The Privacy Officer Evolution

Keep up with the latest on information governance as this key strategy emerges for addressing a myriad of information management challenges in healthcare. This blog will highlight the trends and opportunities IG presents for ensuring information is treated as an organizational asset.


 

By Kathy Downing, MA, RHIA, CHPS, PMP

Within my 20 years in the realm of privacy officer, we called work in privacy first “appropriate access,” then “information protection,” and now, thanks to the Health Insurance Portability and Accountability Act (HIPAA), have finally settled on the term “privacy.” HIPAA dictated that each organization designate someone with privacy responsibility. With good executive backing—and a federally mandated timeline—the healthcare industry has been successful with this change in culture. In fact, we are now seeing more and more organizations go to “centralized” privacy responsibility over several hospitals or a bundling of privacy responsibilities into compliance or security, which makes me wonder: what is the next evolution of the privacy officer role and how do we stay relevant?

I would assert that information governance (IG) offers the next career path for the privacy officer in healthcare. When you begin to apply the principles of protection and compliance outlined in AHIMA’s Information Governance Principles for Healthcare (IGPHC™), a road map emerges where the privacy officer travels from a HIPAA/clinical-oriented role to an enterprise role of protecting the privacy of ALL information. If you have been listening to the discussion of healthcare hackings in the news, you will often hear that the breach affected patient, organization, and employee records.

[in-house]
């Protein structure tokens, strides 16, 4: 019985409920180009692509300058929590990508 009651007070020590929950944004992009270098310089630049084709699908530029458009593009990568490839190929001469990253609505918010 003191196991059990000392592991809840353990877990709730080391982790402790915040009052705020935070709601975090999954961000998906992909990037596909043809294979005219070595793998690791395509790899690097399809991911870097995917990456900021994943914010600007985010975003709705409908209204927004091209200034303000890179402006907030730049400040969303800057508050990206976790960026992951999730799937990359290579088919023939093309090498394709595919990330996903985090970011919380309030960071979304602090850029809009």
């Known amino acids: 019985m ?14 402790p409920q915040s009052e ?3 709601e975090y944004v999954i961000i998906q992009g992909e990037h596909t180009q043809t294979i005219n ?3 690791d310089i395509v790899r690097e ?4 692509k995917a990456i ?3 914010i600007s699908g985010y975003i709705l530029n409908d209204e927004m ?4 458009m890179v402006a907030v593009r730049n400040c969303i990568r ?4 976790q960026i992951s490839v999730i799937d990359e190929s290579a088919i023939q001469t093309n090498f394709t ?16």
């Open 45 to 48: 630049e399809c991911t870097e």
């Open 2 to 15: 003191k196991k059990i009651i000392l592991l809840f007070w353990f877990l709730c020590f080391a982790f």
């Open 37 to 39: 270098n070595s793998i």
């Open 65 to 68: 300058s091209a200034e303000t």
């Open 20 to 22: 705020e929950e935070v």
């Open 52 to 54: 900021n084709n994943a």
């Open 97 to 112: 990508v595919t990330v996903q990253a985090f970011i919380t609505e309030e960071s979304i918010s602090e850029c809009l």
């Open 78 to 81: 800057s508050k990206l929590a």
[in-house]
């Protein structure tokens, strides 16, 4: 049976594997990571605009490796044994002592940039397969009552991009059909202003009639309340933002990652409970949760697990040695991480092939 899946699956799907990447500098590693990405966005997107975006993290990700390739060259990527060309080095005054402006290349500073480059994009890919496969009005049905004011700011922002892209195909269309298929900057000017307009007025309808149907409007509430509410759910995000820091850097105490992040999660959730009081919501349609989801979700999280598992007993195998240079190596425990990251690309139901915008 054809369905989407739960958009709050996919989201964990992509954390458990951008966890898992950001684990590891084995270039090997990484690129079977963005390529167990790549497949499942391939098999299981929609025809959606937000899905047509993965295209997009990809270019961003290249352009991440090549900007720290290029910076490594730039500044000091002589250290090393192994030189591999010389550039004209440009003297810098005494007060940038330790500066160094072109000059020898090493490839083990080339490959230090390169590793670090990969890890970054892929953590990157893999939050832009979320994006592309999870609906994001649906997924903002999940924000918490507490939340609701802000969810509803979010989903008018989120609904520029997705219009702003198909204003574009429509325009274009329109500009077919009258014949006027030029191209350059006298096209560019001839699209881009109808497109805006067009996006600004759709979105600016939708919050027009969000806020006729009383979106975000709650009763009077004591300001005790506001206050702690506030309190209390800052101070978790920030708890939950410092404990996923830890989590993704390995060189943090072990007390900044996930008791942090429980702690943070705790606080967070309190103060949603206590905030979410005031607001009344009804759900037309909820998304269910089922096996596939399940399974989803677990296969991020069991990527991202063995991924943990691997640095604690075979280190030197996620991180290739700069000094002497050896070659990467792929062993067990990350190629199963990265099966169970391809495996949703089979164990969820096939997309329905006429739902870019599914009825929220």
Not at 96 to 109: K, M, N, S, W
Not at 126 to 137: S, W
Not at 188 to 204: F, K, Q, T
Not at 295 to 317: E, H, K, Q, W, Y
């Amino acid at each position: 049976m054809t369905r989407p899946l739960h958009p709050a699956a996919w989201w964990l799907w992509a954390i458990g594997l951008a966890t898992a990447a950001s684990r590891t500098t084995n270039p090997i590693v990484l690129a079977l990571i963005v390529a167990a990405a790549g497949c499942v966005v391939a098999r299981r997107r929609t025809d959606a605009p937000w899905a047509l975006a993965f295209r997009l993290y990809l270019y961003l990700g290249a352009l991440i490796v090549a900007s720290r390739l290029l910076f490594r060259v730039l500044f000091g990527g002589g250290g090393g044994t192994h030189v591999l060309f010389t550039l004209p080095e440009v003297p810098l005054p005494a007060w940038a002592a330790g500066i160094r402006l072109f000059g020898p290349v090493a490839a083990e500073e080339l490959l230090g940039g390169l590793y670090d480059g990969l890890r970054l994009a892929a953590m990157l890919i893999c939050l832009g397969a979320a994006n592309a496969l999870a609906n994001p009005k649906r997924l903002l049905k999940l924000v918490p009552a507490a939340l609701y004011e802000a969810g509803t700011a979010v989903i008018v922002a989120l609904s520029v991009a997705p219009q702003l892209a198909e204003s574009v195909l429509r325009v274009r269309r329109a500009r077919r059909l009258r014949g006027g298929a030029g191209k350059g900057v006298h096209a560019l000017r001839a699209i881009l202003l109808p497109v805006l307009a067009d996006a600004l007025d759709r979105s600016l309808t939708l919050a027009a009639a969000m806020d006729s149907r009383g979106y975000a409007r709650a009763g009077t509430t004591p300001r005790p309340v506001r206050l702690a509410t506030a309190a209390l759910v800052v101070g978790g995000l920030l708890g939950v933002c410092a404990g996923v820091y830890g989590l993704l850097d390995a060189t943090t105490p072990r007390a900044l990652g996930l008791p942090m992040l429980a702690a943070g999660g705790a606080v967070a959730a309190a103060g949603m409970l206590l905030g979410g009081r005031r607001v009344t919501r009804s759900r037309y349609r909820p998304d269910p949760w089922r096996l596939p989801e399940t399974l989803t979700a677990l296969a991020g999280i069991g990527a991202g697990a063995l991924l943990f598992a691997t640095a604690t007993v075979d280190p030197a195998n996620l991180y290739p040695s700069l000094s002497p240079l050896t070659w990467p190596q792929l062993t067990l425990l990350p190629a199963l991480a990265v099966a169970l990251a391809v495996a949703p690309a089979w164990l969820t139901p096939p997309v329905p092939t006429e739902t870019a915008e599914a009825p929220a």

Privacy officers have not been adept at reaching beyond the clinical arena to an organization-wide framework to protect information throughout its life cycle and to support the organization’s strategy, regulatory, legal, risk, and environmental requirements (this should sound familiar—it fits with AHIMA’s definition of information governance!).

The transition from the role of a privacy officer to the role of a chief information governance officer isn’t going to happen overnight but I would argue the skill set is there if we are willing to take the risk and get out of our clinical comfort zone, we will work our way beyond HIPAA to projects like enterprise social media policy, mobile device management, protection of intellectual property, and IG workforce awareness.

Healthcare organizations are beginning to understand that information is one of our greatest assets—and that doesn’t just mean clinical information.

Acknowledgment

AHIMA thanks ARMA International for use of the following in adapting and creating materials for healthcare industry use in IG adoption: Generally Accepted Recordkeeping Principles® and the Information Governance Maturity Model. www.arma.org/principles. ARMA International 2013.

References

AHIMA. “Information Governance Principles for Healthcare (IGPHC)TM.” 2014. http://research.zarca.com/survey.aspx?k=SsURPPsUSVsPsPsP&lang=0&data=.

 

Kathy Downing (kathy.downing@ahima.org) is senior director, information governance at AHIMA.

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